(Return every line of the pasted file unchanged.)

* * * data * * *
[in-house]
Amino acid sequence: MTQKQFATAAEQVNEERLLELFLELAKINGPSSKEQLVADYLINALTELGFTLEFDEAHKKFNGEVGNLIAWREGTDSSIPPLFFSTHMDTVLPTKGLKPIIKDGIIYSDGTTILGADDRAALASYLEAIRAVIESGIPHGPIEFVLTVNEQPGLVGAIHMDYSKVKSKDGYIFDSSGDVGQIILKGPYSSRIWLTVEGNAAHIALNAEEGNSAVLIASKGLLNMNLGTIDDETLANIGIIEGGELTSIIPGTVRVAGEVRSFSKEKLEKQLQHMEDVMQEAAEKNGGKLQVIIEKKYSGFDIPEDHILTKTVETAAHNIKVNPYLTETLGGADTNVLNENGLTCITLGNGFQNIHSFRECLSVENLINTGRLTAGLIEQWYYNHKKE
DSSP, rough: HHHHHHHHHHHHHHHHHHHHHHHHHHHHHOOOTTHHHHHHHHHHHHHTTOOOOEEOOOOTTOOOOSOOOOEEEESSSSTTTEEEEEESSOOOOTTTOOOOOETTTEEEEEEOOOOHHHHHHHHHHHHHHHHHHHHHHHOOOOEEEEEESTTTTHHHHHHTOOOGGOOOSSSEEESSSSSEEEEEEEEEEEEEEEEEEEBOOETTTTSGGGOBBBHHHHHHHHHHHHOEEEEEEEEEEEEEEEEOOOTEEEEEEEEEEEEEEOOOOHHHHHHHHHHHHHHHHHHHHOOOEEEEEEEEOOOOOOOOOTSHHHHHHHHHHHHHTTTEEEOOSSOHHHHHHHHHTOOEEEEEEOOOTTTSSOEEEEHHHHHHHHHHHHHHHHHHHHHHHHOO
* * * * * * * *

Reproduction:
[in-house]
Amino acid sequence: MTQKQFATAAEQVNEERLLELFLELAKINGPSSKEQLVADYLINALTELGFTLEFDEAHKKFNGEVGNLIAWREGTDSSIPPLFFSTHMDTVLPTKGLKPIIKDGIIYSDGTTILGADDRAALASYLEAIRAVIESGIPHGPIEFVLTVNEQPGLVGAIHMDYSKVKSKDGYIFDSSGDVGQIILKGPYSSRIWLTVEGNAAHIALNAEEGNSAVLIASKGLLNMNLGTIDDETLANIGIIEGGELTSIIPGTVRVAGEVRSFSKEKLEKQLQHMEDVMQEAAEKNGGKLQVIIEKKYSGFDIPEDHILTKTVETAAHNIKVNPYLTETLGGADTNVLNENGLTCITLGNGFQNIHSFRECLSVENLINTGRLTAGLIEQWYYNHKKE
DSSP, rough: HHHHHHHHHHHHHHHHHHHHHHHHHHHHHOOOTTHHHHHHHHHHHHHTTOOOOEEOOOOTTOOOOSOOOOEEEESSSSTTTEEEEEESSOOOOTTTOOOOOETTTEEEEEEOOOOHHHHHHHHHHHHHHHHHHHHHHHOOOOEEEEEESTTTTHHHHHHTOOOGGOOOSSSEEESSSSSEEEEEEEEEEEEEEEEEEEBOOETTTTSGGGOBBBHHHHHHHHHHHHOEEEEEEEEEEEEEEEEOOOTEEEEEEEEEEEEEEOOOOHHHHHHHHHHHHHHHHHHHHOOOEEEEEEEEOOOOOOOOOTSHHHHHHHHHHHHHTTTEEEOOSSOHHHHHHHHHTOOEEEEEEOOOTTTSSOEEEEHHHHHHHHHHHHHHHHHHHHHHHHOO